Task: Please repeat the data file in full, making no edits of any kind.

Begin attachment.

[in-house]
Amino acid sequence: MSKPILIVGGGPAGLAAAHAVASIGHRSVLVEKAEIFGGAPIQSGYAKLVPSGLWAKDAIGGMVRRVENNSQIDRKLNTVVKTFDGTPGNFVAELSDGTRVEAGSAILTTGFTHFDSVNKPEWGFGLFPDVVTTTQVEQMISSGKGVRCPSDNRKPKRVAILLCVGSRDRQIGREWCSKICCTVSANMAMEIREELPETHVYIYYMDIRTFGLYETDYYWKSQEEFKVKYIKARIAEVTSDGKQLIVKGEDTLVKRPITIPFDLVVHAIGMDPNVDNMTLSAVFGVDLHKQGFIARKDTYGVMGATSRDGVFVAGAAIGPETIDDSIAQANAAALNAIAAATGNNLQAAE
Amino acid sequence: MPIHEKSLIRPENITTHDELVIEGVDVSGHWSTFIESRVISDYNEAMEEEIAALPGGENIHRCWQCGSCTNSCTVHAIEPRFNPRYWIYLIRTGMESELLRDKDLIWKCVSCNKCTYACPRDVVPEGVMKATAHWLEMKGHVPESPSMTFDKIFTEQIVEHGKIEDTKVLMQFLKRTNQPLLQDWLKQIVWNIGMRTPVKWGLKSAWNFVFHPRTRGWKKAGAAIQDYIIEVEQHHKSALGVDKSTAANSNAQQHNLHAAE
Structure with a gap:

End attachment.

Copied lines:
[in-house]
Amino acid sequence: MSKPILIVGGGPAGLAAAHAVASIGHRSVLVEKAEIFGGAPIQSGYAKLVPSGLWAKDAIGGMVRRVENNSQIDRKLNTVVKTFDGTPGNFVAELSDGTRVEAGSAILTTGFTHFDSVNKPEWGFGLFPDVVTTTQVEQMISSGKGVRCPSDNRKPKRVAILLCVGSRDRQIGREWCSKICCTVSANMAMEIREELPETHVYIYYMDIRTFGLYETDYYWKSQEEFKVKYIKARIAEVTSDGKQLIVKGEDTLVKRPITIPFDLVVHAIGMDPNVDNMTLSAVFGVDLHKQGFIARKDTYGVMGATSRDGVFVAGAAIGPETIDDSIAQANAAALNAIAAATGNNLQAAE
Amino acid sequence: MPIHEKSLIRPENITTHDELVIEGVDVSGHWSTFIESRVISDYNEAMEEEIAALPGGENIHRCWQCGSCTNSCTVHAIEPRFNPRYWIYLIRTGMESELLRDKDLIWKCVSCNKCTYACPRDVVPEGVMKATAHWLEMKGHVPESPSMTFDKIFTEQIVEHGKIEDTKVLMQFLKRTNQPLLQDWLKQIVWNIGMRTPVKWGLKSAWNFVFHPRTRGWKKAGAAIQDYIIEVEQHHKSALGVDKSTAANSNAQQHNLHAAE
Structure with a gap: